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Life and Health

Who Should Get A Flu Vaccine This Fall?

By November 10, 2017No Comments

Every fall, your doctor or pharmacist probably asks you if you want a flu shot. This important vaccination can prevent you from getting the flu. Learn more about who should get a flu shot as you decide if it’s the right choice for you.

What is the Flu Vaccine?

The flu vaccine is an injection that contains inactivated flu virus. Once it’s in your body, it takes two weeks to build antibodies that help you fight the flu virus and stay healthy during the fall and winter flu season.

What Does the Flu Shot Protect Against?

Influenza is a respiratory infection that can cause serious complications, including hospitalization or death. This year’s flu shot protects against the H1N1 flu virus and two additional flu strains. Adults over the age of 65 may also request a vaccine that protects against four additional flu virus strains.

Why do you Need an Annual Vaccination?

You want to protect yourself every year with a new vaccination. Flu viruses change quickly, and this year’s strain may be different than last year’s strain. Plus, flu antibodies decrease over time, leaving you vulnerable to the flu.

Where is the Flu Vaccine Available?

You can get a flu shot in several convenient locations. Schedule an appointment with your physician or visit your pharmacy, a health clinic, an urgent care center or a college health center. You can even ask your employer about getting a flu shot at work. In many cases, the vaccine is covered by your health insurance.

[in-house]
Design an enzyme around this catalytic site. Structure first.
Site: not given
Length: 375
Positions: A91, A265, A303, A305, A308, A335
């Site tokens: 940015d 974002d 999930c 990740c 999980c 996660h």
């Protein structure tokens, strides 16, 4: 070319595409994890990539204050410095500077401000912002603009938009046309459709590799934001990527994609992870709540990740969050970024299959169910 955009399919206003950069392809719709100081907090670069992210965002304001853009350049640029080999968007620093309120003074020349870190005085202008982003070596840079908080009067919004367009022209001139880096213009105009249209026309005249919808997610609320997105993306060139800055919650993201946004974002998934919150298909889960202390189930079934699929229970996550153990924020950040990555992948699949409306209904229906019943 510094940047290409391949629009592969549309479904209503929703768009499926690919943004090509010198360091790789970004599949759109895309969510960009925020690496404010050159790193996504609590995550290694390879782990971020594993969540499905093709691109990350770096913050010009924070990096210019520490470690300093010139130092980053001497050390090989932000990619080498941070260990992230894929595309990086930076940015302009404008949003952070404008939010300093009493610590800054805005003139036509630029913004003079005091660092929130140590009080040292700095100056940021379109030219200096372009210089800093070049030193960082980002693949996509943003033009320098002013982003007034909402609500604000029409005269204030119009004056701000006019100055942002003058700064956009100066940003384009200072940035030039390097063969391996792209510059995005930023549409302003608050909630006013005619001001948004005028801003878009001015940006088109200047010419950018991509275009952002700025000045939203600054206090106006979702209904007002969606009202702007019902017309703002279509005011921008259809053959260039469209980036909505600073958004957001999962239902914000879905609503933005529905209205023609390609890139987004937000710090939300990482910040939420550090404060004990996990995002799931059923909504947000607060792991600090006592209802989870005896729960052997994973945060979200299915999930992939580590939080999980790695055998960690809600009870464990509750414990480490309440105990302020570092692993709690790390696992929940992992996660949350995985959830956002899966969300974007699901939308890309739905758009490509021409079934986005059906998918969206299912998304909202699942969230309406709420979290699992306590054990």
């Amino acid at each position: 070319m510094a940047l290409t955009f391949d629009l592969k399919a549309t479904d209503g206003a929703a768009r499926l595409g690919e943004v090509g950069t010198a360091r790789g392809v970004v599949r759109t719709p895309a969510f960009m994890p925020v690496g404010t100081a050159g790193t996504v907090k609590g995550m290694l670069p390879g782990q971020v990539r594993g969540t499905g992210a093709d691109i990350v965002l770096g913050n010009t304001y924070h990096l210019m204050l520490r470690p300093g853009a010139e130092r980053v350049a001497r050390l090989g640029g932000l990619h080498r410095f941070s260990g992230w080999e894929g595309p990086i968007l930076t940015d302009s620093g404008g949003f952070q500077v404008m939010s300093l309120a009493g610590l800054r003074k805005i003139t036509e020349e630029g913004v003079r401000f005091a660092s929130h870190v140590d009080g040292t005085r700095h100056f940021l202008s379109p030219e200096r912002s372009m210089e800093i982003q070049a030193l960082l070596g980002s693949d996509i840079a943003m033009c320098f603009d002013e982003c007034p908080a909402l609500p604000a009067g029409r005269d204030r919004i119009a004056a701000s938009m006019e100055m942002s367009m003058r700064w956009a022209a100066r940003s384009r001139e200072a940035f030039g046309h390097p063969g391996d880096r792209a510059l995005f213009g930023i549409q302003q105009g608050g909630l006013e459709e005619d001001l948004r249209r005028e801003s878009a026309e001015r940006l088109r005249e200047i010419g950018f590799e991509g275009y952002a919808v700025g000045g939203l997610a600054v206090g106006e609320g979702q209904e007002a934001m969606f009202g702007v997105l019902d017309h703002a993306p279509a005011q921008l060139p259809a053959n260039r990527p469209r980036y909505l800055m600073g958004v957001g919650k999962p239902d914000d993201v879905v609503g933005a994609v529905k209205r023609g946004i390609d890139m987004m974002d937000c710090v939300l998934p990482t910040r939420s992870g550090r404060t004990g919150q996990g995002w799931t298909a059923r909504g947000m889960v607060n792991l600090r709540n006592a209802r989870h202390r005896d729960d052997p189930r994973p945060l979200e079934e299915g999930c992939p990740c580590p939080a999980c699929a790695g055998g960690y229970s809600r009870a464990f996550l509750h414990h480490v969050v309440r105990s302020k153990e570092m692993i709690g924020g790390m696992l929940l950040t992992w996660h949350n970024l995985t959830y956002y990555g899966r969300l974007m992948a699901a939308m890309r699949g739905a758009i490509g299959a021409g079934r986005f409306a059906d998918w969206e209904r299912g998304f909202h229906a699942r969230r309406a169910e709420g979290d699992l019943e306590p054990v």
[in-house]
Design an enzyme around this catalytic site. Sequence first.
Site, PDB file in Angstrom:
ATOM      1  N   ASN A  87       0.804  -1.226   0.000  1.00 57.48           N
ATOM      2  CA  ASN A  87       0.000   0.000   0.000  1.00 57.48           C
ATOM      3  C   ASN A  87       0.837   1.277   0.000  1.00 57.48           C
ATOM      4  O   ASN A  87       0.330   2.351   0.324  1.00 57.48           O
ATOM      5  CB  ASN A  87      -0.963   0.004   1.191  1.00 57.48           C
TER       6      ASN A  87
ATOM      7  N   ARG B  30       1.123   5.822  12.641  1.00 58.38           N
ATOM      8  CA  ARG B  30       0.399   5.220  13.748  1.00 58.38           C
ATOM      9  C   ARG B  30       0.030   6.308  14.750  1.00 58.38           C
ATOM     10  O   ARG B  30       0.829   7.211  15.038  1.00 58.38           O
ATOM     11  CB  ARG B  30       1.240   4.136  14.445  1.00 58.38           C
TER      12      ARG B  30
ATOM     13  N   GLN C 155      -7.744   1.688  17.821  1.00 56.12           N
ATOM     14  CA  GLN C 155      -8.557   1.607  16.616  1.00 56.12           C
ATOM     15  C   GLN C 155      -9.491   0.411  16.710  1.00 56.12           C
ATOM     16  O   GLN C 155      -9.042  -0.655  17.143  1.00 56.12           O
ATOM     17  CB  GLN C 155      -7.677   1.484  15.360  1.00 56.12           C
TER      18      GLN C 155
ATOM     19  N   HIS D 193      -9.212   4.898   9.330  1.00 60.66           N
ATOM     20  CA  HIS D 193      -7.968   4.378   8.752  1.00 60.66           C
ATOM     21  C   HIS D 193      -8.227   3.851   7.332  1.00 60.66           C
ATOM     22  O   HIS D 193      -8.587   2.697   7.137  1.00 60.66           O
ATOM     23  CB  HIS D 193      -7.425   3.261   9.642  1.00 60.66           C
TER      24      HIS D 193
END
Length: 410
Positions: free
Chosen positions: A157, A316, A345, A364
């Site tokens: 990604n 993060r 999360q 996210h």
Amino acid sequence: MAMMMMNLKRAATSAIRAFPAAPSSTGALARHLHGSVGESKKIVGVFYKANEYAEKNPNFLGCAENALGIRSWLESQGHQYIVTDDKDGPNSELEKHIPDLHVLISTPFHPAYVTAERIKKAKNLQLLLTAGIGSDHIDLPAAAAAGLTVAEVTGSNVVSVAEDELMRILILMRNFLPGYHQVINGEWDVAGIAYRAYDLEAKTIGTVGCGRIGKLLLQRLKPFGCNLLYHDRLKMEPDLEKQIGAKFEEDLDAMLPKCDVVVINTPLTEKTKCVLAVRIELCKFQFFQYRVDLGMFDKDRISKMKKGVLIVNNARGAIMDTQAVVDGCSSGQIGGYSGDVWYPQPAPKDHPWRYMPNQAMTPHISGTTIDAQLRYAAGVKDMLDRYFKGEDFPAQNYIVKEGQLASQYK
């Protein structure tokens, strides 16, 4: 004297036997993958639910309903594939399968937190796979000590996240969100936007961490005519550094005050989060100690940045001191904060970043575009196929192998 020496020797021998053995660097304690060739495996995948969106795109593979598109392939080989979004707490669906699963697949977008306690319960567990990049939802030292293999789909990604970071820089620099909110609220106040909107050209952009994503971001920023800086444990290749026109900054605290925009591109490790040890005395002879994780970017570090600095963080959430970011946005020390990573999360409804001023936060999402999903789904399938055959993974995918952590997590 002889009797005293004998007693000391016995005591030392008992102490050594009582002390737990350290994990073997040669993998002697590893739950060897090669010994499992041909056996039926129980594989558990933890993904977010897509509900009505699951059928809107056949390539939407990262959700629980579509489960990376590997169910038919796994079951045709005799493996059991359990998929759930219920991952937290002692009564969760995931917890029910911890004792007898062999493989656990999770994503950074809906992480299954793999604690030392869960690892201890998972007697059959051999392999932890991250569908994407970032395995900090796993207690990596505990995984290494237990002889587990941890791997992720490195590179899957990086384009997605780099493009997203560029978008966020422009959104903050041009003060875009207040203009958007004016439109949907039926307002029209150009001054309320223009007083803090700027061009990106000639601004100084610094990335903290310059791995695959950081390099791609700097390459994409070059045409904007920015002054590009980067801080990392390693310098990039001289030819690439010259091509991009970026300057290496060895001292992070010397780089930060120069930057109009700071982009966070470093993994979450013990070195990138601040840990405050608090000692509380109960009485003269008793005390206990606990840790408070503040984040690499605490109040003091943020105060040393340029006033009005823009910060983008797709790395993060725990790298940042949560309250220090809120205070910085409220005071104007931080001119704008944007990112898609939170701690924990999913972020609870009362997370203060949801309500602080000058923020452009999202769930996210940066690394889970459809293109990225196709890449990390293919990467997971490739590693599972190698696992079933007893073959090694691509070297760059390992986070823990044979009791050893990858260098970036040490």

Who Should get a Flu Shot?

The Centers for Disease Control and Prevention (CDC) releases flu shot recommendations every fall. This year, it recommends the flu vaccine for everyone over the age of six months.

The vaccine is especially important for people who are vulnerable to flu complications.  These people include pregnant women, older adults and young children as well as anyone with the following chronic medical conditions:

  • Asthma
  • Cancer
  • Chronic obstructive pulmonary disease (COPD)
  • Cystic fibrosis
  • Diabetes
  • Liver or kidney disease
  • Obesity

Also, remember that the flu vaccine protects others. When you protect yourself from getting sick, you don’t share germs with others, and everyone stays healthy.

Should Anyone not get a Flu Shot?

In certain situations, you may choose not to get the flu vaccine. Discuss the flu vaccine with your doctor if you have a severe egg allergy or reacted severely to a previous vaccine.

Now that you know more about who needs a flu vaccine, you’re prepared to make an informative decision when your doctor or pharmacist asks you this year if you want a flu shot.